I’m stuck in the UK, waiting to get back to Pattaya. I have been going for past 18 years and have spent a lot time over the last month speaking to girls and ladyboys on the Line app. Now I have about 30 freelancers as friends which is more than enough for when I get back. No more barfines – just call and meet up at the hotel and save loads of money with crazy lady drinks prices. I don’t think I’ll be back in the bars again, that is if they ever reopen.
Quarantine might be 4 weeks, not 2.
There are flights from here in Singapore to Bangkok next month. If my Thai wife wanted to go home to Thailand, she could. But it would take her a month to get there: 2 weeks quarantine on arriving in Bangkok and then a further 2 weeks quarantine when arriving at the Buriram “border”.
Looking in to the crystal ball.
I think airlines will massively cut down their schedules initially and I think we will see the end of the A380 and the B747. The retirement of these will be expedited. Smaller aircraft and fewer schedules means fuller flights which will be priced accordingly. The 787 and A350 will be the most popular long-haul aircraft. I think there has to be some kind of worldwide standard of international screening adopted by airports and border forces, maybe mandatory masks worn on board, and checks prior to boarding. I think there will be some great deals on top-end hotels for a while as rooms stand empty. Thailand will want tourists to return as quickly as they can. Tourism is a massive part of the economy. As for mongers, there will always be an element of the hardcore whose life revolves around the nightlife who will return no matter what. The only certainty is that the nightlife economy will shrink in the next few years. Like you have said before, is there demand for 3 nightlife areas?
The speed at which people have money problems.
I’m seeing a lot of people with money troubles on Facebook and in the news. The news is full of food banks and people are in dire straits. In Bangkok, bargirls are getting hungry despite the top tier comfortably out-earning their customers. I find it difficult to understand how little it has taken to push some people under. It’s understandable for street food vendors and the like who probably don’t have so much behind them, but coyote dancers? I’m not saying this from a comfortable position as I’m bad with money myself – as soon as I have any savings, off to Thailand I go! The speed at which those earning decent amounts have found themselves in trouble is shocking, even more so in my own country.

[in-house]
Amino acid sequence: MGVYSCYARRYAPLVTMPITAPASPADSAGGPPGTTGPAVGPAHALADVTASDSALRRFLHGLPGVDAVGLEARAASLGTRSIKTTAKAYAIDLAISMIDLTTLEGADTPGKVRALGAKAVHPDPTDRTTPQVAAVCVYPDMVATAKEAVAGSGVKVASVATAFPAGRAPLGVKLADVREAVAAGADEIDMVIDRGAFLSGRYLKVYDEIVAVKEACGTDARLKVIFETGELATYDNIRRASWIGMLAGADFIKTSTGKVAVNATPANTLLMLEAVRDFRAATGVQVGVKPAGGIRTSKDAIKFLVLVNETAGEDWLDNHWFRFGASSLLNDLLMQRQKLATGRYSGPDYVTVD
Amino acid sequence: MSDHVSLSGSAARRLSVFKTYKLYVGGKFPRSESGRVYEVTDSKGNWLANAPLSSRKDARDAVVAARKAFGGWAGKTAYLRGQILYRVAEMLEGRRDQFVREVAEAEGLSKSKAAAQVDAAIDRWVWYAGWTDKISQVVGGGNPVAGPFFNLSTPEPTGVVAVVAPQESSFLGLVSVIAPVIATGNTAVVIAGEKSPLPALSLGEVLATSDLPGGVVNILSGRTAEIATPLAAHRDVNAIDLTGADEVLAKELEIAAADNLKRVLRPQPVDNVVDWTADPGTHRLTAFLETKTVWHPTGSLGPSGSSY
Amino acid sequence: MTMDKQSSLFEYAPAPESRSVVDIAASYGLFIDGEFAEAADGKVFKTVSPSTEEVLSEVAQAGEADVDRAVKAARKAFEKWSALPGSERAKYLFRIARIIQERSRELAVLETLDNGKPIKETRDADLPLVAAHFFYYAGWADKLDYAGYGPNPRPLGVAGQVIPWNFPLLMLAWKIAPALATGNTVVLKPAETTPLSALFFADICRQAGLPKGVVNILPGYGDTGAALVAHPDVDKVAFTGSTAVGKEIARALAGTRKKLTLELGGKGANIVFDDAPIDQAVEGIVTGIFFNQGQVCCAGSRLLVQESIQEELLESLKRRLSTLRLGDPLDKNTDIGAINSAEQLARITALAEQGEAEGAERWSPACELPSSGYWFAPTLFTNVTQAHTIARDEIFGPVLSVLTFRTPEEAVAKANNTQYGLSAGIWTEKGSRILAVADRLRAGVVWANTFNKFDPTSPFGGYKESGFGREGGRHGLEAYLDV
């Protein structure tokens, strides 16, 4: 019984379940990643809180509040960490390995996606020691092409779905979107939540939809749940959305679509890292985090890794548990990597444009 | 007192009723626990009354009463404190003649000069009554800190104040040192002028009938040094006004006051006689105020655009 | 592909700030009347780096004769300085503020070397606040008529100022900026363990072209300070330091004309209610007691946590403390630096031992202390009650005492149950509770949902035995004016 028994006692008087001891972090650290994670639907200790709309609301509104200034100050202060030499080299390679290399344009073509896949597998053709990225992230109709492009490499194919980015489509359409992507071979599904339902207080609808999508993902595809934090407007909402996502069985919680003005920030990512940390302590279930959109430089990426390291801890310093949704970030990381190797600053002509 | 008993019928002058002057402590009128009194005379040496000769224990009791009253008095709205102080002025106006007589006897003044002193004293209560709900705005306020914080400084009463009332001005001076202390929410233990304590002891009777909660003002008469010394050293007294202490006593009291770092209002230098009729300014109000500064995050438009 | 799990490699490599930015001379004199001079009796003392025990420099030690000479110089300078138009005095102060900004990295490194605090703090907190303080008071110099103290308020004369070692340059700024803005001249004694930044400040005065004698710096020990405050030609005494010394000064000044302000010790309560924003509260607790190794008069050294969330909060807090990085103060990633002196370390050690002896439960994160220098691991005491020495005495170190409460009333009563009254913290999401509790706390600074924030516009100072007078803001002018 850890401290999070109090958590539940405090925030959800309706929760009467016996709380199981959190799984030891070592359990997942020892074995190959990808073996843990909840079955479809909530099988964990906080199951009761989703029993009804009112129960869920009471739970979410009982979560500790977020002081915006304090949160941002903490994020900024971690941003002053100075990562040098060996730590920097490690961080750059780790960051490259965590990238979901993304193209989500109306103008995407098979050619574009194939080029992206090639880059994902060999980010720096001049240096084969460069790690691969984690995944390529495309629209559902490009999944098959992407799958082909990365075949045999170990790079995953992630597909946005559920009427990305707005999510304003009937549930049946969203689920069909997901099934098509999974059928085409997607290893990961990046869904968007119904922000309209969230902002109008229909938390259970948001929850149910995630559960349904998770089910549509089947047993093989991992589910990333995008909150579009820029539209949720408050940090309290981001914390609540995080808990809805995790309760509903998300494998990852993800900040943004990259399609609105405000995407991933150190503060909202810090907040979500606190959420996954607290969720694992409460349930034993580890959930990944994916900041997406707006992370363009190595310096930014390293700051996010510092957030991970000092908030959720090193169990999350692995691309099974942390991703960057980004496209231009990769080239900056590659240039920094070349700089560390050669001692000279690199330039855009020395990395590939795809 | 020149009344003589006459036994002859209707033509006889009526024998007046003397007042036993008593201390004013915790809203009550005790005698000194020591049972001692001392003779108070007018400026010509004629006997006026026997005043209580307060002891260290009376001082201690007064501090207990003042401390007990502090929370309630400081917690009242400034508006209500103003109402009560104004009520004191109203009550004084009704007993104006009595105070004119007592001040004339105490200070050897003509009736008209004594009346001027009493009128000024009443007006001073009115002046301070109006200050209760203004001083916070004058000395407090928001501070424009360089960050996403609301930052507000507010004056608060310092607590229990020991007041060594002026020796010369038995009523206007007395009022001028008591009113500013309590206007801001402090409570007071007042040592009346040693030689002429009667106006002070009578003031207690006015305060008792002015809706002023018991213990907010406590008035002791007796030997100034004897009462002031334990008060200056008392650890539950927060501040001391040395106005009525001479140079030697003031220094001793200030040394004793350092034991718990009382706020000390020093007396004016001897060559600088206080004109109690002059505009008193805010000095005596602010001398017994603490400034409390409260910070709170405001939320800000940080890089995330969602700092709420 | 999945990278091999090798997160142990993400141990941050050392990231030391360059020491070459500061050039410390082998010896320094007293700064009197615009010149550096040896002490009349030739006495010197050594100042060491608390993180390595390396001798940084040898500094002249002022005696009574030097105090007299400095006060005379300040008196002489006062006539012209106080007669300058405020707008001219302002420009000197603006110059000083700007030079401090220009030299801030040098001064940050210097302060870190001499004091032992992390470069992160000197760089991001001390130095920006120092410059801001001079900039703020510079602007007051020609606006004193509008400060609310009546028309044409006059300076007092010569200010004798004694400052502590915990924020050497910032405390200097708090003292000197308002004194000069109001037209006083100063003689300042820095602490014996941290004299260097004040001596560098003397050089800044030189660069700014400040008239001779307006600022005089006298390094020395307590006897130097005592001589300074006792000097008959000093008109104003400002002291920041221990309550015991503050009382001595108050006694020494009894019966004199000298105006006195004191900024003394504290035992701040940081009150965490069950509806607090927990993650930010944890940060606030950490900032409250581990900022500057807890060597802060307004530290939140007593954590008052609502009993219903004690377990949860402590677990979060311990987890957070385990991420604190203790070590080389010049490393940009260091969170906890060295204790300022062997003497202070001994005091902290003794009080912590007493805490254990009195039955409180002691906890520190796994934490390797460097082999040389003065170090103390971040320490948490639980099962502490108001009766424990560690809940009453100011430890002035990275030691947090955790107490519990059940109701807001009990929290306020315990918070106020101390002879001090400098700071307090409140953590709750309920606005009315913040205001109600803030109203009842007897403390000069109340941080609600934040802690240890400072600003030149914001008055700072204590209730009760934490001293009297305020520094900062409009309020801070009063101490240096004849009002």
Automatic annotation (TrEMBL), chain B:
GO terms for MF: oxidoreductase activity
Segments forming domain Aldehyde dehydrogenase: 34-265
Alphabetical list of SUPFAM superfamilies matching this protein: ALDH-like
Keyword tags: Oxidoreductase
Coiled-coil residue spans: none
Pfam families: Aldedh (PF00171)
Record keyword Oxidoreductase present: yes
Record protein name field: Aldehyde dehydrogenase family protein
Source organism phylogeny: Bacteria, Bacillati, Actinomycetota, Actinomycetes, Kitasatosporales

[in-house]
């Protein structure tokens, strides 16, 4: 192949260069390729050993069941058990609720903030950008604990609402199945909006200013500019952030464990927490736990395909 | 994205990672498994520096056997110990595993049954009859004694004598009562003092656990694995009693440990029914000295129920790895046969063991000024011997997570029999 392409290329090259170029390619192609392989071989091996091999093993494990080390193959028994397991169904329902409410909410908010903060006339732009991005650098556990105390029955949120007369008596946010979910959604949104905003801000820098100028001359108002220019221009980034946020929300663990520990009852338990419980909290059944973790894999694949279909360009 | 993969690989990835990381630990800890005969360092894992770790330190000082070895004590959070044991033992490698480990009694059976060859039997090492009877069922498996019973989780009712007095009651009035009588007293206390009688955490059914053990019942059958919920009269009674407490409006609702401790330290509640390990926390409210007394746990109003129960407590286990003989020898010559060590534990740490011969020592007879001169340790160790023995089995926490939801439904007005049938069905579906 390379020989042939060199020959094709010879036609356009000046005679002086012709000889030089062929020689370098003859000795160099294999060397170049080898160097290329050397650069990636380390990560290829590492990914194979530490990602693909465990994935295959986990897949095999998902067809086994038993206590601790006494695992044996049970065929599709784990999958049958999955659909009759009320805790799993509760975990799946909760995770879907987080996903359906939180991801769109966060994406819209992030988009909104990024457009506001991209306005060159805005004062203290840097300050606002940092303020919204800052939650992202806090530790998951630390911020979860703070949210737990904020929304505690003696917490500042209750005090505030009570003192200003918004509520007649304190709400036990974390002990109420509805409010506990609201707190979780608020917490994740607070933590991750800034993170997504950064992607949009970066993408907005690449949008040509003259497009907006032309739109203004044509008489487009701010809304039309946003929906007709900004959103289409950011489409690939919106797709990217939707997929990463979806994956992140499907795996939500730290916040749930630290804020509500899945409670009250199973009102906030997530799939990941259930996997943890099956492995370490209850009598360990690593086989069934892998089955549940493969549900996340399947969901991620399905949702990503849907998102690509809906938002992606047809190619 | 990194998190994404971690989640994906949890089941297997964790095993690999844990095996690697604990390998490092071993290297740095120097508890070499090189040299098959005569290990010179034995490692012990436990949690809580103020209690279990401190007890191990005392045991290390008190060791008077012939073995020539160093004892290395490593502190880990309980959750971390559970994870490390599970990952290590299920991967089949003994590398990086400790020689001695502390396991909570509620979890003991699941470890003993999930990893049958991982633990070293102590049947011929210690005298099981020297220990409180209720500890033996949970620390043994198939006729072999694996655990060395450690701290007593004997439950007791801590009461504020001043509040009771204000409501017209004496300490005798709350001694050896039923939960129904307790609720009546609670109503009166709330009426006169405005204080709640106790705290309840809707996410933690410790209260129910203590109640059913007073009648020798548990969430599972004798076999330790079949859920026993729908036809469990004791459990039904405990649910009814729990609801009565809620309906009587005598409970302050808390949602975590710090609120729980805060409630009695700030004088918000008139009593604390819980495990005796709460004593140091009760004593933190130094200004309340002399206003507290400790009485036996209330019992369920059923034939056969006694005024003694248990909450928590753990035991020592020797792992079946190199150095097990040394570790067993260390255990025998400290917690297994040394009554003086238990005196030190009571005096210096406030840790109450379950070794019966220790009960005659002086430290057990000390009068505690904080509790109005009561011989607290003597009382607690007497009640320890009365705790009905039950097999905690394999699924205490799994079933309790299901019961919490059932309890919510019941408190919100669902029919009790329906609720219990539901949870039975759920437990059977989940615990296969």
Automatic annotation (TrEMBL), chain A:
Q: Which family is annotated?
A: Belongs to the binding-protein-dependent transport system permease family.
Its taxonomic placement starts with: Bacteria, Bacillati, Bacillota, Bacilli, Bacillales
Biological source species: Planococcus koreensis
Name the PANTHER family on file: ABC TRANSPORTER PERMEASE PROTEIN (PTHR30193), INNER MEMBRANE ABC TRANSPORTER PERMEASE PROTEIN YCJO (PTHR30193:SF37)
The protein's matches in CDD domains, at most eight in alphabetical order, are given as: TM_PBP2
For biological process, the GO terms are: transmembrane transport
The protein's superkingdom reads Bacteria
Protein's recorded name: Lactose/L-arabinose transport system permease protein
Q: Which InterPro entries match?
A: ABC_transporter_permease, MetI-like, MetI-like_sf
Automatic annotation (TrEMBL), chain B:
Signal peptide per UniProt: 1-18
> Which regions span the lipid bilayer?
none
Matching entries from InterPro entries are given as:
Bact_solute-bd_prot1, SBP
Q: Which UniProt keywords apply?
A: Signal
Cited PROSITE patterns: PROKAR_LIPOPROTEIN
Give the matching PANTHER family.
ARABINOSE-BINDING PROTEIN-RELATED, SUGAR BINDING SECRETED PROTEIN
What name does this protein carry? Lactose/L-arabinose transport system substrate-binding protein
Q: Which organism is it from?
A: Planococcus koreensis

Everyday Thais doing it tough.
Some golf courses in Thailand are re-opening on May 1st, with restrictions in place. Caddies will be happy as they will have an income. These are the kind of people that need help as they basically live off tips received on a day to day basis. I have 2 caddies in Bangkok and neither of them have any money so it’s tough for them to survive through this period. They never asked me for money but I checked up on both and the answer was the same, “Yes, we are struggling even to buy food.” We farangs moan about being locked up for 4 weeks but have all the mod cons. These girls have nothing and will be lucky to survive. As they say, there is always someone worse off than you. My caddies are now looked after as I felt that it was only right to send them some money to help them out during these difficult times.
A reader mentions that the Topless Beer Bar in Patpong soi 2 has become a place for Thai men to hang out in very late at night during the lock-down period. (Has anyone noticed that the few bars open during this time are amongst the least popular bars?)
The position of farang bar manager has (or would that be once had) a degree of glamour associated with it, even minor celebrity in bar circles perhaps – but don’t take that to mean farang bar staff are well-rewarded for their work. Most bar managers I have heard from since the bars closed are on unpaid leave. And some are increasingly worried about their financial situation. At least one bar manager is reaching out to friends to help him with money to buy food. He has no idea how he will pay his rent which is due next week. Some bar managers live a similar lifestyle to the girls they manage, enjoying the fruits of their labour, living very much month to month. The farang manager from one of the biggest, most successful Bangkok gogo bars is contacting some of his expat customers on LINE, asking if they would help him out with some baht.